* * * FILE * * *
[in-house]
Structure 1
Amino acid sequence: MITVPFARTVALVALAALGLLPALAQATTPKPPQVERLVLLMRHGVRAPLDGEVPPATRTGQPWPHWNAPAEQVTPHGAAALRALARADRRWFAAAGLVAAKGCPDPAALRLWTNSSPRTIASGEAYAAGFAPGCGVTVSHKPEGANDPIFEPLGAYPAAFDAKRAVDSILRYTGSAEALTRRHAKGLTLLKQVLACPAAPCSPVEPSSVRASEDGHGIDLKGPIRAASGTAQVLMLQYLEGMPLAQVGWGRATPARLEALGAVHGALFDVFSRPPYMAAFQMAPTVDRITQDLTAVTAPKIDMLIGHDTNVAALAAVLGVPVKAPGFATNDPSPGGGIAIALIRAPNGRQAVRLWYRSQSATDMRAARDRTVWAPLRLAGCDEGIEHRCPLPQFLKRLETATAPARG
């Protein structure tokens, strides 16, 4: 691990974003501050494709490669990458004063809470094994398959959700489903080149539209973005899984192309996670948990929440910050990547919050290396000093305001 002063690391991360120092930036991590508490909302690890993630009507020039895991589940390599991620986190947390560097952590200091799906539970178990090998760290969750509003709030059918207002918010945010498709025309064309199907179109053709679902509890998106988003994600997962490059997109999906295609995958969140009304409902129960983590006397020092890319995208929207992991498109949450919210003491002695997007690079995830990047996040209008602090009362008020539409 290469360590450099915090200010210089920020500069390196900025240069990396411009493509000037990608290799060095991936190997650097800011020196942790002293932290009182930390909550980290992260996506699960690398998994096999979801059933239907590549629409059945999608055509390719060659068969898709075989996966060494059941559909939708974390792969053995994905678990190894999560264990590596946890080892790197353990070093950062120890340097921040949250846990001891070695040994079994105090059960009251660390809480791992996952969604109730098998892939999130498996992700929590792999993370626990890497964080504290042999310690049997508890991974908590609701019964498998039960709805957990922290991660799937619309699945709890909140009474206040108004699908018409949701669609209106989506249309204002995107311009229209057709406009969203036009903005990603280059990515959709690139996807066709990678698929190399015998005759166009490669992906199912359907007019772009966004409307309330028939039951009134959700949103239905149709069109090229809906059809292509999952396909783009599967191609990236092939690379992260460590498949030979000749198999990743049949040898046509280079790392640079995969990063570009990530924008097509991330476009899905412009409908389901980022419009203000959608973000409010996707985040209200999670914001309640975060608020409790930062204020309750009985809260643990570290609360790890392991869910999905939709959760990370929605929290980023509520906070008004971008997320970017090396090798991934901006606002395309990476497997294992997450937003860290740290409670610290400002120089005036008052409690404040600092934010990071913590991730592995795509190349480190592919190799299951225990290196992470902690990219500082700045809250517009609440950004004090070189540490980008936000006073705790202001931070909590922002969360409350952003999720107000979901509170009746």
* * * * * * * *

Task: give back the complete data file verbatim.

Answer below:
[in-house]
Structure 1
Amino acid sequence: MITVPFARTVALVALAALGLLPALAQATTPKPPQVERLVLLMRHGVRAPLDGEVPPATRTGQPWPHWNAPAEQVTPHGAAALRALARADRRWFAAAGLVAAKGCPDPAALRLWTNSSPRTIASGEAYAAGFAPGCGVTVSHKPEGANDPIFEPLGAYPAAFDAKRAVDSILRYTGSAEALTRRHAKGLTLLKQVLACPAAPCSPVEPSSVRASEDGHGIDLKGPIRAASGTAQVLMLQYLEGMPLAQVGWGRATPARLEALGAVHGALFDVFSRPPYMAAFQMAPTVDRITQDLTAVTAPKIDMLIGHDTNVAALAAVLGVPVKAPGFATNDPSPGGGIAIALIRAPNGRQAVRLWYRSQSATDMRAARDRTVWAPLRLAGCDEGIEHRCPLPQFLKRLETATAPARG
């Protein structure tokens, strides 16, 4: 691990974003501050494709490669990458004063809470094994398959959700489903080149539209973005899984192309996670948990929440910050990547919050290396000093305001 002063690391991360120092930036991590508490909302690890993630009507020039895991589940390599991620986190947390560097952590200091799906539970178990090998760290969750509003709030059918207002918010945010498709025309064309199907179109053709679902509890998106988003994600997962490059997109999906295609995958969140009304409902129960983590006397020092890319995208929207992991498109949450919210003491002695997007690079995830990047996040209008602090009362008020539409 290469360590450099915090200010210089920020500069390196900025240069990396411009493509000037990608290799060095991936190997650097800011020196942790002293932290009182930390909550980290992260996506699960690398998994096999979801059933239907590549629409059945999608055509390719060659068969898709075989996966060494059941559909939708974390792969053995994905678990190894999560264990590596946890080892790197353990070093950062120890340097921040949250846990001891070695040994079994105090059960009251660390809480791992996952969604109730098998892939999130498996992700929590792999993370626990890497964080504290042999310690049997508890991974908590609701019964498998039960709805957990922290991660799937619309699945709890909140009474206040108004699908018409949701669609209106989506249309204002995107311009229209057709406009969203036009903005990603280059990515959709690139996807066709990678698929190399015998005759166009490669992906199912359907007019772009966004409307309330028939039951009134959700949103239905149709069109090229809906059809292509999952396909783009599967191609990236092939690379992260460590498949030979000749198999990743049949040898046509280079790392640079995969990063570009990530924008097509991330476009899905412009409908389901980022419009203000959608973000409010996707985040209200999670914001309640975060608020409790930062204020309750009985809260643990570290609360790890392991869910999905939709959760990370929605929290980023509520906070008004971008997320970017090396090798991934901006606002395309990476497997294992997450937003860290740290409670610290400002120089005036008052409690404040600092934010990071913590991730592995795509190349480190592919190799299951225990290196992470902690990219500082700045809250517009609440950004004090070189540490980008936000006073705790202001931070909590922002969360409350952003999720107000979901509170009746």